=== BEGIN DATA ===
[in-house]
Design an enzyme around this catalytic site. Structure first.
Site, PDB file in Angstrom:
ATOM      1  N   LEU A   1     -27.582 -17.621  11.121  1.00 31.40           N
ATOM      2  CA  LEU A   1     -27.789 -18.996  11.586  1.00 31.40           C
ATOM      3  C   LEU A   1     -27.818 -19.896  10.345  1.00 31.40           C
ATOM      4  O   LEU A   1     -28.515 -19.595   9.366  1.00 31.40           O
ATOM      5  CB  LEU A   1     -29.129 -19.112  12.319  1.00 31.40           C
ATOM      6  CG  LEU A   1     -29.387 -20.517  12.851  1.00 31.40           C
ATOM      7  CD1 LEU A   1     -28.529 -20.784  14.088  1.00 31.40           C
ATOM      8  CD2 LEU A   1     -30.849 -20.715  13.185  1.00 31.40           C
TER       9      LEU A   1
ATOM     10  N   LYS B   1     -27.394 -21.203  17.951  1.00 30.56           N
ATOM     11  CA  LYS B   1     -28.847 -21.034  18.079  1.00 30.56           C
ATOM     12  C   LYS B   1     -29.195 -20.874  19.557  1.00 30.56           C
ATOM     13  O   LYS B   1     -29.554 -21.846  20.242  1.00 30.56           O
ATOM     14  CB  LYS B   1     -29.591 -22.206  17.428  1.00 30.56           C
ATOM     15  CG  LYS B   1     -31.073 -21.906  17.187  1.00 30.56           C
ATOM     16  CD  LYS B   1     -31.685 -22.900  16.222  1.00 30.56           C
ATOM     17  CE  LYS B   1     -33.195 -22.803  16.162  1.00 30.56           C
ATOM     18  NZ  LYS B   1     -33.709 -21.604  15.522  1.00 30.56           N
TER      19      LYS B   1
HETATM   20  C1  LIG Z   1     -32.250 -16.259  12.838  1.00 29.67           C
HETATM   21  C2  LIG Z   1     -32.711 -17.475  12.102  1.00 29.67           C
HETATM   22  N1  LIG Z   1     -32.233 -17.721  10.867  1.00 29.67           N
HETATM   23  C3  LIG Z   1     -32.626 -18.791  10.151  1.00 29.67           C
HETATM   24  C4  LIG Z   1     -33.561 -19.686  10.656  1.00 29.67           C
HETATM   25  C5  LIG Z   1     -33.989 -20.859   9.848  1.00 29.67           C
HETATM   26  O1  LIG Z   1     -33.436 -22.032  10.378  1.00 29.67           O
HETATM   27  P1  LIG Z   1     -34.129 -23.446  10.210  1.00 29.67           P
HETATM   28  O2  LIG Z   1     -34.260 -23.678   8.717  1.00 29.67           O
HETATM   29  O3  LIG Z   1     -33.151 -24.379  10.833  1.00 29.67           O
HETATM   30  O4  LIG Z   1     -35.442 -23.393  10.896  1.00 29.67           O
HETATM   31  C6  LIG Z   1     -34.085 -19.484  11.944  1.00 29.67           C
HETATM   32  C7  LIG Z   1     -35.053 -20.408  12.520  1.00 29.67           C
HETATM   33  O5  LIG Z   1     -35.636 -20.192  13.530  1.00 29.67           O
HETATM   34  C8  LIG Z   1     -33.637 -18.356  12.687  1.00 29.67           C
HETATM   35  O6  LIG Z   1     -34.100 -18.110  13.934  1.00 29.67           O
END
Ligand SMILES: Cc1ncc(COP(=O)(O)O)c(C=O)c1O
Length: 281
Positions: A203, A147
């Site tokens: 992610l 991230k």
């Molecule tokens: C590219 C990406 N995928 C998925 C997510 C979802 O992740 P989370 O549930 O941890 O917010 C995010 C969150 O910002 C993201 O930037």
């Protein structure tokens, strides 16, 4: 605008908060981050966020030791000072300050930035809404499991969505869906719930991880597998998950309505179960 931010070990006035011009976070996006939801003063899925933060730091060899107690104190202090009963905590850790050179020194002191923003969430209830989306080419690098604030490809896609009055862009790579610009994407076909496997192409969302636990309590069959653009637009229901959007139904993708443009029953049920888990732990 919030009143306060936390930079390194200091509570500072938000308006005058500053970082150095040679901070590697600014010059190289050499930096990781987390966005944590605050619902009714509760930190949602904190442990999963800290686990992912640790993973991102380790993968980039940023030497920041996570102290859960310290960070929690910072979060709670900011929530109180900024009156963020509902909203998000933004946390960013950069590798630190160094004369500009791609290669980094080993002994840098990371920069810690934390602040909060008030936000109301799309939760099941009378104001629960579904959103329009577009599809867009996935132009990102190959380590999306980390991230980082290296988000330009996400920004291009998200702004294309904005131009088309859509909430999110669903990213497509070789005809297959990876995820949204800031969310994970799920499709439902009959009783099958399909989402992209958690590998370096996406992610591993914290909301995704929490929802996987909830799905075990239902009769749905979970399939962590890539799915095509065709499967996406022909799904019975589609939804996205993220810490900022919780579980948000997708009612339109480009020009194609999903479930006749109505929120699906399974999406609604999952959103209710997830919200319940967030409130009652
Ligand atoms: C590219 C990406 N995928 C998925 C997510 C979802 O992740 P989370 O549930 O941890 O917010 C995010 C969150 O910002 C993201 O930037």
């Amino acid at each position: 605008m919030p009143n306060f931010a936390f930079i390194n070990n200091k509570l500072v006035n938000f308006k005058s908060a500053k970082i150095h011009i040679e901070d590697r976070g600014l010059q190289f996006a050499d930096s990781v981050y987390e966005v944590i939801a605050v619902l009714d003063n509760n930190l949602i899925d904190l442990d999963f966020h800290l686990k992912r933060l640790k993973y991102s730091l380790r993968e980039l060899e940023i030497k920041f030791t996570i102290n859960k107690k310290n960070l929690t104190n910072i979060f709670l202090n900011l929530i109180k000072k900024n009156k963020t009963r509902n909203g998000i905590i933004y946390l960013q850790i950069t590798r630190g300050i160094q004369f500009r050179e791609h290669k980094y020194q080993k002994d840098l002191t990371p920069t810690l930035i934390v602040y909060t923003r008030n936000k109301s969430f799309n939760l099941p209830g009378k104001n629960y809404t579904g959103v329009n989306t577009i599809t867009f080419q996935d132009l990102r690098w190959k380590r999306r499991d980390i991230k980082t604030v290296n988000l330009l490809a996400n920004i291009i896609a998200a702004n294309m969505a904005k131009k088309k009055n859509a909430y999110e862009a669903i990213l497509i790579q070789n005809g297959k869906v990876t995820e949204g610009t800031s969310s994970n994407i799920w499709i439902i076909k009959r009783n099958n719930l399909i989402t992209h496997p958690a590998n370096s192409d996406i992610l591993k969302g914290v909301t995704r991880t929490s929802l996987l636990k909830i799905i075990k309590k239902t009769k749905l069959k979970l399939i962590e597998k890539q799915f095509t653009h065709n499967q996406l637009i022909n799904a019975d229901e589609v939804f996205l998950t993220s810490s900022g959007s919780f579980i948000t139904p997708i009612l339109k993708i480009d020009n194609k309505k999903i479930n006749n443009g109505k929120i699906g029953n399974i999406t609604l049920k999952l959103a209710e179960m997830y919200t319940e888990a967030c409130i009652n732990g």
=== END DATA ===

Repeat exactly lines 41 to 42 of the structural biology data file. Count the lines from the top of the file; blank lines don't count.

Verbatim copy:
Length: 281
Positions: A203, A147